How Seattle Daily Journal of Commerce print version survives
Keegan Hamilton of the Seattle Weekly writes about how the Seattle Daily Journal of Commerce newspaper is able to survive, and it’s not just the revenue that comes in from legal advertising.
Hamilton wrote, “Though Brown declines to comment on what percentage of his paper’s revenue comes from public notices, he says the DJC by no means subsists solely on state-mandated advertising. In fact, the paper is a powerhouse in the Northwest construction beat, with contractors as far away as Alaska poring over its pages looking for projects on which to bid.
“While government-funded construction projects require a public notice soliciting bids, the DJC‘s pages are teeming with bid requests and advertisements for private contractors as well. ‘Everyone uses it,’ says Carrie Hansel, an estimating assistant at ACC Hurlen Construction in West Seattle. ‘That is the publication for construction for this area. We advertise in it, we put our bid requests in it. If people want a response, they put it in the DJC. It’s just always been that way; I don’t know why, if they captured the market niche early in life or what. But I’ve been here for six years…that’s all I’ve known.’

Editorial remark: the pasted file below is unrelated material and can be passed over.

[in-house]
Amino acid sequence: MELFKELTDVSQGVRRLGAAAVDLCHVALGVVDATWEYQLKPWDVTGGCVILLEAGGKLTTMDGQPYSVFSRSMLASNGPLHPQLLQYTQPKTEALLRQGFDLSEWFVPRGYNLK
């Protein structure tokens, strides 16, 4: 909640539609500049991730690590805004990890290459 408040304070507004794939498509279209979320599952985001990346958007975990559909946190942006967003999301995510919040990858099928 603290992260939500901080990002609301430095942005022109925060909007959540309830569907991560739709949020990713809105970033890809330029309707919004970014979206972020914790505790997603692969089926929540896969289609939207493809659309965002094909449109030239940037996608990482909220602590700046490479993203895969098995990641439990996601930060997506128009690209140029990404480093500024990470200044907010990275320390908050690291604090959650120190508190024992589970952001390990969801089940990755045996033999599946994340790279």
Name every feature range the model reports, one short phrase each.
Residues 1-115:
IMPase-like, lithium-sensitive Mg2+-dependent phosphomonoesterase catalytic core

“Though the DJC faces competition from other national construction-bid aggregators like Onvia.com and McGraw-Hill, it has remained the standard locally because of its online innovation. In addition to djc.com, the pay-for-access Web site, the paper also offers plancenter.com, which, for more than $2,000 a year, allows contractors to download and view plans for potential projects.
“‘It’s a pretty sophisticated system,’ says Brown proudly.
“When asked why the DJC charges for access to its online version, which includes public notices, Brown responds, ‘I would go about it the other way and ask why do so many other people give away their content for free?'”
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